If you're eating your way to better heart health by having fish once or twice a week, you should make sure it's baked or boiled, instead of fried, dried or salted.
Fish that is baked or boiled packs a bigger punch of heart-healthy omega-3 fatty acids, according to a study from the University of Hawaii at Manoa. And for women especially, it's a good idea to cook the fish using a low-sodium soy sauce or tofu.
"It appears that boiling or baking fish with low-sodium soy sauce [shoyu] and tofu is beneficial, while eating fried, salted or dried fish is not. In fact, these methods of preparation may contribute to your risk," study author Lixin Meng said in a news release from the American Heart Association. "We did not directly compare boiled or baked fish versus fried fish, but one can tell from the [risk] ratios, boiled or baked fish is in the protective direction, but not fried fish."
The team followed 82,243 men and 103,884 women in Los Angeles County, California and Hawaii to assess the source, type, amount and frequency of dietary intake of omega-3 fatty acids. The study participants included blacks, whites, Hispanics, Japanese and native Hawaiians who were between 45 to 75 years old and had no history of heart disease.
During the nearly 12 years of follow-up, there were 4,516 heart-related deaths among the participants.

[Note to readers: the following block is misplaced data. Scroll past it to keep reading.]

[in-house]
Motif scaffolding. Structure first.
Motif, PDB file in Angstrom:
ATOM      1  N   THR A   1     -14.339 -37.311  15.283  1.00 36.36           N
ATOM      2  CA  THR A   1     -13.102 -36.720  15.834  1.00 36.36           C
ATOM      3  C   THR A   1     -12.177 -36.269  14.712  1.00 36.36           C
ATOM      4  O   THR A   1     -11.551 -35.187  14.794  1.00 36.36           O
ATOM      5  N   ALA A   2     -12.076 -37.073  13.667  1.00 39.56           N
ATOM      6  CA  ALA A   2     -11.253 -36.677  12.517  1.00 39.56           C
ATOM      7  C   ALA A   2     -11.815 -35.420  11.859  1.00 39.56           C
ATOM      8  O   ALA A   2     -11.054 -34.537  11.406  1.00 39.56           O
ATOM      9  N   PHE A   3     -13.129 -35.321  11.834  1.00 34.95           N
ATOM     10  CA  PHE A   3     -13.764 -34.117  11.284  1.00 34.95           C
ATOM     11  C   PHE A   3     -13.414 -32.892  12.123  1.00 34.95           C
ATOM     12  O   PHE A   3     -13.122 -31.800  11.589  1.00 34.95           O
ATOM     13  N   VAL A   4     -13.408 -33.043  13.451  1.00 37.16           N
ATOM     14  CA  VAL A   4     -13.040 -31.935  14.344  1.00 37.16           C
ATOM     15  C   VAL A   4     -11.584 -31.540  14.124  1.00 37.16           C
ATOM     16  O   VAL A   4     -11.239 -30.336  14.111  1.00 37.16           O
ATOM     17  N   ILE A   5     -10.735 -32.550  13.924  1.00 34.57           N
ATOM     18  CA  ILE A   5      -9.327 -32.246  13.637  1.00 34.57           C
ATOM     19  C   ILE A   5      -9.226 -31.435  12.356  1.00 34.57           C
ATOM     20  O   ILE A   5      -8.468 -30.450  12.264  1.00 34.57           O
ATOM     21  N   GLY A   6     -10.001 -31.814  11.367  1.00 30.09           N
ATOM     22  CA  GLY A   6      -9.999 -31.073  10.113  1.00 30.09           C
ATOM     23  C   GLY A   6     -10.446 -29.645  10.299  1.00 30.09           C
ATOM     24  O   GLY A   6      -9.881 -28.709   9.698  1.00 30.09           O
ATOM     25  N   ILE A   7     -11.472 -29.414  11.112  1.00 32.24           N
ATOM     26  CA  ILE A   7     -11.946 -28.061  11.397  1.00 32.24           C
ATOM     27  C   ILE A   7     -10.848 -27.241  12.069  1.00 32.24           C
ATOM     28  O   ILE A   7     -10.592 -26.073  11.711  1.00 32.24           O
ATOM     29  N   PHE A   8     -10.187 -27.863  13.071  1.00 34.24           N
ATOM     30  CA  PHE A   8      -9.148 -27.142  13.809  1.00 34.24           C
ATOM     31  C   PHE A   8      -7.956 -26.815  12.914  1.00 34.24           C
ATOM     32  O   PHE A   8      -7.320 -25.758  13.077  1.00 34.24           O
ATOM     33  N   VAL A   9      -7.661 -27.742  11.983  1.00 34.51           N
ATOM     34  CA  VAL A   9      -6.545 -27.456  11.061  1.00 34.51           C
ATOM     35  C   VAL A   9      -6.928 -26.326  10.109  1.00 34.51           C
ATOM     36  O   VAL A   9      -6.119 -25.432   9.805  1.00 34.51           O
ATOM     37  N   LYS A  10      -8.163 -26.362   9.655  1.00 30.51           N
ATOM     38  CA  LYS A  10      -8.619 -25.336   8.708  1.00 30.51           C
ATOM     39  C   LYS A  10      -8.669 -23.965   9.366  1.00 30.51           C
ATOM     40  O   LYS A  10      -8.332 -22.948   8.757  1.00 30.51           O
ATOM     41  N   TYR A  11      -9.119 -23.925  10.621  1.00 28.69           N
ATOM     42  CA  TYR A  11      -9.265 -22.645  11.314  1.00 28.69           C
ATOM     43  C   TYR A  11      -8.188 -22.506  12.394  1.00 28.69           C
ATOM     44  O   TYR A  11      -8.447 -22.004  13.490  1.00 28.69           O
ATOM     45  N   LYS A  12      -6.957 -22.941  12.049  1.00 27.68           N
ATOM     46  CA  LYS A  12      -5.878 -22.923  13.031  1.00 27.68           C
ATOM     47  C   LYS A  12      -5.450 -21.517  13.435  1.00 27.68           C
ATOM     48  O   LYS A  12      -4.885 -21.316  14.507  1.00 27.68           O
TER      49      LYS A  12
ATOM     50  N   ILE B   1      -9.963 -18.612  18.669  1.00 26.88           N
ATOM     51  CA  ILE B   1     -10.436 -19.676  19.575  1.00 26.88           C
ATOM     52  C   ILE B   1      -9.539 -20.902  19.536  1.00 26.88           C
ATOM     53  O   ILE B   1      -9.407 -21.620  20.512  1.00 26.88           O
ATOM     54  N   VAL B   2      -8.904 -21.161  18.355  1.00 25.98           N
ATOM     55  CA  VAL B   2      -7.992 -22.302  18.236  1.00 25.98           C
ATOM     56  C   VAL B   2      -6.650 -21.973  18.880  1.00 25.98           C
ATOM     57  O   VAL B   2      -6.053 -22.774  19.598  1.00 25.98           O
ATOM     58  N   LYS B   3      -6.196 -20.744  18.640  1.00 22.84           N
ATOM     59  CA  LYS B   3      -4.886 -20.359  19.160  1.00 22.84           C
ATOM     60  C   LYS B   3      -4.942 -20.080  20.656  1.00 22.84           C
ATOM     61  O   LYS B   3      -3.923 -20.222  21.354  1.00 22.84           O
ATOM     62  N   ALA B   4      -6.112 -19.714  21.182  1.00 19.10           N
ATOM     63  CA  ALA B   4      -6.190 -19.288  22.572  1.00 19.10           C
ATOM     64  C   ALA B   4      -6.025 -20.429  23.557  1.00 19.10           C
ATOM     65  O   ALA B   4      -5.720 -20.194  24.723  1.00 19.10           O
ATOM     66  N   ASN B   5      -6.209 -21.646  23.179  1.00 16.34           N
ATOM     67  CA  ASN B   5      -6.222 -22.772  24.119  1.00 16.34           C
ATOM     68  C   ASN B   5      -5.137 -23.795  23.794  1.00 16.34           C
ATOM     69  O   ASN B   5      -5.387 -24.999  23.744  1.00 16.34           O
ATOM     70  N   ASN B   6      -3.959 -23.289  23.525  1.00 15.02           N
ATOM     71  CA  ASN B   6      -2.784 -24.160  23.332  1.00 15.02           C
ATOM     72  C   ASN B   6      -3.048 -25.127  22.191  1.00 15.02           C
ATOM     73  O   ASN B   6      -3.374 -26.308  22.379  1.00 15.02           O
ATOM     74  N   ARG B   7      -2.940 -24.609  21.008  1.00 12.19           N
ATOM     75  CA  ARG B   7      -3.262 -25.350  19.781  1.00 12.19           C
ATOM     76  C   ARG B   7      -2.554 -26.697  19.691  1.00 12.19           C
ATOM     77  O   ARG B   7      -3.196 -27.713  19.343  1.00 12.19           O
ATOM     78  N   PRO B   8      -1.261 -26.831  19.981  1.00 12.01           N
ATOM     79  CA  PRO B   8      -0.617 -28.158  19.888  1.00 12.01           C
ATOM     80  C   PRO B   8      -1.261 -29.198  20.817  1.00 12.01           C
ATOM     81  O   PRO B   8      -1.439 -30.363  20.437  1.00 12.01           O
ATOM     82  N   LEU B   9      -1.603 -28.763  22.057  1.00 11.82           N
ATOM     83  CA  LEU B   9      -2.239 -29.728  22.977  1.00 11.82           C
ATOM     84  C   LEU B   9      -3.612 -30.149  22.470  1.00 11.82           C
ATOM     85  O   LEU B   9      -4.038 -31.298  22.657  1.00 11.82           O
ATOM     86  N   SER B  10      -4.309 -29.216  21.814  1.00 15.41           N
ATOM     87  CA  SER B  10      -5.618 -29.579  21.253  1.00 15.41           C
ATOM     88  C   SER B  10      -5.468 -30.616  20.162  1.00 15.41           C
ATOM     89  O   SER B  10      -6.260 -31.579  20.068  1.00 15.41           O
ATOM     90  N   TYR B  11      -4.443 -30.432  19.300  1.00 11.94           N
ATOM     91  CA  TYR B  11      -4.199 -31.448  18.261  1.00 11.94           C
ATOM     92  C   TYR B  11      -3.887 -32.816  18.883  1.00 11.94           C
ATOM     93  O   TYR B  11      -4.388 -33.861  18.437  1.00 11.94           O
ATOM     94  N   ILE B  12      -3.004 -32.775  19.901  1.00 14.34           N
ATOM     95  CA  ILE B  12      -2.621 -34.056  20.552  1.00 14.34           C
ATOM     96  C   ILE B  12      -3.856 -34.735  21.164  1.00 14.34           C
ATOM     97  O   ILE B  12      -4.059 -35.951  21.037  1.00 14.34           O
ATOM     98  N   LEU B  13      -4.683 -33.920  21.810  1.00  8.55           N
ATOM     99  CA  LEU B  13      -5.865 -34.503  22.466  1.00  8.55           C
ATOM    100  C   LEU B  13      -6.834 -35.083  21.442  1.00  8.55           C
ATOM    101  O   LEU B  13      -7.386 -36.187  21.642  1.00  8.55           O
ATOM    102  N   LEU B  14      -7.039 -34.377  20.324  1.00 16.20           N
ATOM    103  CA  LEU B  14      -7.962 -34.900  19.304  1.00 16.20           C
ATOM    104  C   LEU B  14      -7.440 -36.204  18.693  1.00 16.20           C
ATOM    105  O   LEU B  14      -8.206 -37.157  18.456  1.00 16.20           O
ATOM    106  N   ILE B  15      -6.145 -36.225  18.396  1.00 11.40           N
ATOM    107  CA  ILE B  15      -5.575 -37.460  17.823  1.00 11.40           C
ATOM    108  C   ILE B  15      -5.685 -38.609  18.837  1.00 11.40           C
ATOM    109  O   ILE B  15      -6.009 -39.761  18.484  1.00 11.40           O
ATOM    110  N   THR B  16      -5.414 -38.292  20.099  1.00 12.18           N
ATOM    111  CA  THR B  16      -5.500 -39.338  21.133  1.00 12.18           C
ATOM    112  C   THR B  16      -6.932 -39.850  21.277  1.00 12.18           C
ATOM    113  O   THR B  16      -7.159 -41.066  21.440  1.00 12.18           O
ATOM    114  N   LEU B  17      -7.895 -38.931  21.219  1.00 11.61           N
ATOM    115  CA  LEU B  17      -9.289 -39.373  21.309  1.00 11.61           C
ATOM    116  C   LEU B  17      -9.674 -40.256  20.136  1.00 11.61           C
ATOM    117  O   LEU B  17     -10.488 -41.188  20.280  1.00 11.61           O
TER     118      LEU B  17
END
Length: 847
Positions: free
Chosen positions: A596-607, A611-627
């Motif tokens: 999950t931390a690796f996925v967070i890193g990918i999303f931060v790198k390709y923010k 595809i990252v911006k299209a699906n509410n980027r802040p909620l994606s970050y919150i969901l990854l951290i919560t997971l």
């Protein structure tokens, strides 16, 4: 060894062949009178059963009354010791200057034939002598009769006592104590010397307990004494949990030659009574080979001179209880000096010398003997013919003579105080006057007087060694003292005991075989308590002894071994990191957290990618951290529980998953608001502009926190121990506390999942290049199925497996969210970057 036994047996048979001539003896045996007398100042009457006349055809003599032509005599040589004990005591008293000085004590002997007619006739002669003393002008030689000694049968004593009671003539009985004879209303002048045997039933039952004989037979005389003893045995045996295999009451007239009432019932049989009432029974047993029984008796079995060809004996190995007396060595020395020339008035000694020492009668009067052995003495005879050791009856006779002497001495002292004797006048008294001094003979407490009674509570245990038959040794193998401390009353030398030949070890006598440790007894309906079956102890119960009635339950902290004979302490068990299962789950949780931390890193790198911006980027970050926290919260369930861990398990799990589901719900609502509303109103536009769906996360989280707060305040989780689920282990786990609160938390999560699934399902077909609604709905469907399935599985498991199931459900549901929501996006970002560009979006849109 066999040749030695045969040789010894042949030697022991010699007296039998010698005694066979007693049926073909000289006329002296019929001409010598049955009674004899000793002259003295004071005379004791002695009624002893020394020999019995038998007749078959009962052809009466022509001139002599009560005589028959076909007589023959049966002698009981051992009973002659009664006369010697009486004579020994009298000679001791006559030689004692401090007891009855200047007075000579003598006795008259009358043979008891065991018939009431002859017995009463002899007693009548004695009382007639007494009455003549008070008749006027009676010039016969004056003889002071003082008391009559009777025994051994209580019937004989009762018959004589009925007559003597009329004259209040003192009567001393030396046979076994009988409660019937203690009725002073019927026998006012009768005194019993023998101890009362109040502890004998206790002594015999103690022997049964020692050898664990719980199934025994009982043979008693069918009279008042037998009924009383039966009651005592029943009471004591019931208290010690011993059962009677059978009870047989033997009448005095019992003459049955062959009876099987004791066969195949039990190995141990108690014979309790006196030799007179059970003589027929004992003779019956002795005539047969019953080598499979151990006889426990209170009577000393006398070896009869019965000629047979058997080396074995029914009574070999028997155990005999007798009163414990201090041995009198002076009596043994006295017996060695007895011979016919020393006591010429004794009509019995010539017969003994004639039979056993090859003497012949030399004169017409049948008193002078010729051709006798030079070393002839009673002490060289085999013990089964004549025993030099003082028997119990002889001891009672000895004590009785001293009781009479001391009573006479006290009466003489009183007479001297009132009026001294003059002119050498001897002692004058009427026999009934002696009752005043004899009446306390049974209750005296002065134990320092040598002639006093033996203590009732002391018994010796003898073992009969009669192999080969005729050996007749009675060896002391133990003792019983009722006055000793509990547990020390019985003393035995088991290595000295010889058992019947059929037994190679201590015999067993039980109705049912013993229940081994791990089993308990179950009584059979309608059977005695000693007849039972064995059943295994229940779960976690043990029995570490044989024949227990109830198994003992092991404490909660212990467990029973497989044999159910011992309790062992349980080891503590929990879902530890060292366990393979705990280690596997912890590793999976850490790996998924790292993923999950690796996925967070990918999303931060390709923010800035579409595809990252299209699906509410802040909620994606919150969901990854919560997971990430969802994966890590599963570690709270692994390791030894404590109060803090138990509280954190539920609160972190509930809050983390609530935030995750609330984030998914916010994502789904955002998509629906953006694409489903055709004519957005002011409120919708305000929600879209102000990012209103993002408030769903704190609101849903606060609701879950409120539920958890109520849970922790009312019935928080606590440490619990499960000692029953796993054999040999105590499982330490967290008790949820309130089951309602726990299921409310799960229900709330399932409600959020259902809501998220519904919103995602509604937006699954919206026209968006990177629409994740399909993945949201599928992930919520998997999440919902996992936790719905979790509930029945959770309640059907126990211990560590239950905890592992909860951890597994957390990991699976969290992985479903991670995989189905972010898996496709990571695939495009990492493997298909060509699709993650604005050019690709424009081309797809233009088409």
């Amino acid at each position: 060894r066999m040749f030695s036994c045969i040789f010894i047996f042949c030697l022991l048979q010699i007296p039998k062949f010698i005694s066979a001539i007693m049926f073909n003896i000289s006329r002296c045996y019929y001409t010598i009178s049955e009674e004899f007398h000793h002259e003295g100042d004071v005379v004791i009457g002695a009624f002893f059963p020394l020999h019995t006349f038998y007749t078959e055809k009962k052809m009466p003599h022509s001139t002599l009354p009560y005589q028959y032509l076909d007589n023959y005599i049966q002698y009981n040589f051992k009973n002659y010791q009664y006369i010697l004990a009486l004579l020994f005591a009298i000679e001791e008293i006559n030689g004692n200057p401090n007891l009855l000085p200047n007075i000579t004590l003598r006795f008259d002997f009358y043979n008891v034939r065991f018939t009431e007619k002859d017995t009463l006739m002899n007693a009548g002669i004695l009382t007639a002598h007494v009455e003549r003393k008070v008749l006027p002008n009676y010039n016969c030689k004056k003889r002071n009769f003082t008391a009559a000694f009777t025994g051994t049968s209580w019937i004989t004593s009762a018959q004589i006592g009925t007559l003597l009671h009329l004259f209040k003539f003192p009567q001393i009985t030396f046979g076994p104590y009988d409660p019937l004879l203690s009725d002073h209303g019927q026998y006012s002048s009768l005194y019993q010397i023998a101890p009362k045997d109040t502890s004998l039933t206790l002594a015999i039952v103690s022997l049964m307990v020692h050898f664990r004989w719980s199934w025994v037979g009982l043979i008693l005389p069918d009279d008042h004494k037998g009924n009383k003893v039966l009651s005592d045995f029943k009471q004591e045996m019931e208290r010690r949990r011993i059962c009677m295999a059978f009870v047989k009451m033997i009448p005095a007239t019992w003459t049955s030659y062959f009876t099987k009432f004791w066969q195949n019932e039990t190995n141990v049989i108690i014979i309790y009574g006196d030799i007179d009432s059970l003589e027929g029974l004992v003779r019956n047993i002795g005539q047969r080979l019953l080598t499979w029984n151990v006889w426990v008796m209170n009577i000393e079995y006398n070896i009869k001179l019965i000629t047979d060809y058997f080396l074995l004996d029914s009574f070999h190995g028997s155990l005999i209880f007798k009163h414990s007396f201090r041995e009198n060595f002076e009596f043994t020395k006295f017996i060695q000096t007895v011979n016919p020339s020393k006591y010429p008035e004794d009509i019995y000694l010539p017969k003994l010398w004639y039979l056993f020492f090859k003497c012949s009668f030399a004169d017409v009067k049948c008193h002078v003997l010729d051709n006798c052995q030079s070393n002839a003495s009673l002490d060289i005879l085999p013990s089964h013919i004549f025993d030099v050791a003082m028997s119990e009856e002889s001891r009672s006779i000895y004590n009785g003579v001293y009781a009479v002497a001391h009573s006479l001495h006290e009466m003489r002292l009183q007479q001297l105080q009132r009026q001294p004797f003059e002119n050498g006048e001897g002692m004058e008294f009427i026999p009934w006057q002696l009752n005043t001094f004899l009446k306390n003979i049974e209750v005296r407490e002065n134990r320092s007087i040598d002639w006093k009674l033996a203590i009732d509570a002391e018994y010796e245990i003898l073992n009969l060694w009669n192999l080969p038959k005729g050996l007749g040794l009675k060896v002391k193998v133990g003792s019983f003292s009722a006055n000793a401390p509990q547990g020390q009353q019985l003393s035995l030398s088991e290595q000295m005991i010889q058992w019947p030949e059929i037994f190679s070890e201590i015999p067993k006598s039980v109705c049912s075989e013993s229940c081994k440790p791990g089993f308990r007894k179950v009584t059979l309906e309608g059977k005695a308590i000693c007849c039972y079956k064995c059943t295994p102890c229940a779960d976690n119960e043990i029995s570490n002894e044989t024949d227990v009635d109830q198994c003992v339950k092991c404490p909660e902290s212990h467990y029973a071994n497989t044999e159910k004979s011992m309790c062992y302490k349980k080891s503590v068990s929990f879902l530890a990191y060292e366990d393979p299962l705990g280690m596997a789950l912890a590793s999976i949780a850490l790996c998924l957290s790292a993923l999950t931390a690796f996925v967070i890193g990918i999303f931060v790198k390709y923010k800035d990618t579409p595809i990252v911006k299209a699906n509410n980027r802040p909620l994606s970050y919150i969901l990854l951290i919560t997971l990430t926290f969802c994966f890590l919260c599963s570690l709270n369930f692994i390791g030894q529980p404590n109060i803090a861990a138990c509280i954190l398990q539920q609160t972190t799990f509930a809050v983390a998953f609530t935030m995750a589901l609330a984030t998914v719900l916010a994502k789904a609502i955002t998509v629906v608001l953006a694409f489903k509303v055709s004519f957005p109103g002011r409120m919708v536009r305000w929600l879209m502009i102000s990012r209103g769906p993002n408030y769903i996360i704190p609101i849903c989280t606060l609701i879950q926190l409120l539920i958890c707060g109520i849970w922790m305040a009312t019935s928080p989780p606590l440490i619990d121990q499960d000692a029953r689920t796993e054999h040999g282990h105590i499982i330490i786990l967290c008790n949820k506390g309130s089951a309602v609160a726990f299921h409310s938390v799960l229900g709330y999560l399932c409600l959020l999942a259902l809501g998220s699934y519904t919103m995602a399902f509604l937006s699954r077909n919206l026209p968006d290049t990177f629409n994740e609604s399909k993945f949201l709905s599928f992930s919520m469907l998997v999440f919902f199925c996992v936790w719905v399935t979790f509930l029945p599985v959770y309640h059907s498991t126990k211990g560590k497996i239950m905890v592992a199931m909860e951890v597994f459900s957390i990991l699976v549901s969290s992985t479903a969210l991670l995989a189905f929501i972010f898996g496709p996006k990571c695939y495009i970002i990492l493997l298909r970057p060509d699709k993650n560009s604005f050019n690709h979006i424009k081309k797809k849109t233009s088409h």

Among men, those who ate the most omega-3 fatty acids (about 3.3 grams per day) had a 23 percent lower risk of cardiac death than those who ate only 0.8 grams per day. "Clearly, we are seeing that the higher the dietary omega-3 intake, the lower the risk of dying from heart disease among men," Meng explained.
Among women, the link between omega-3 fatty acids and a lower risk of cardiac death wasn't as apparent; however, the study found clear heart health benefits for women who consumed greater amounts of shoyu and tofu. "My guess is that, for women, eating omega-3s from shoyu and tofu that contain other active ingredients such as phytoestrogens might have a stronger cardioprotective effect than eating just omega- 3s," Meng said.
The study was presented at the American Heart Association's annual meeting in Orlando, Florida.
Source: Joykutty, Detroit
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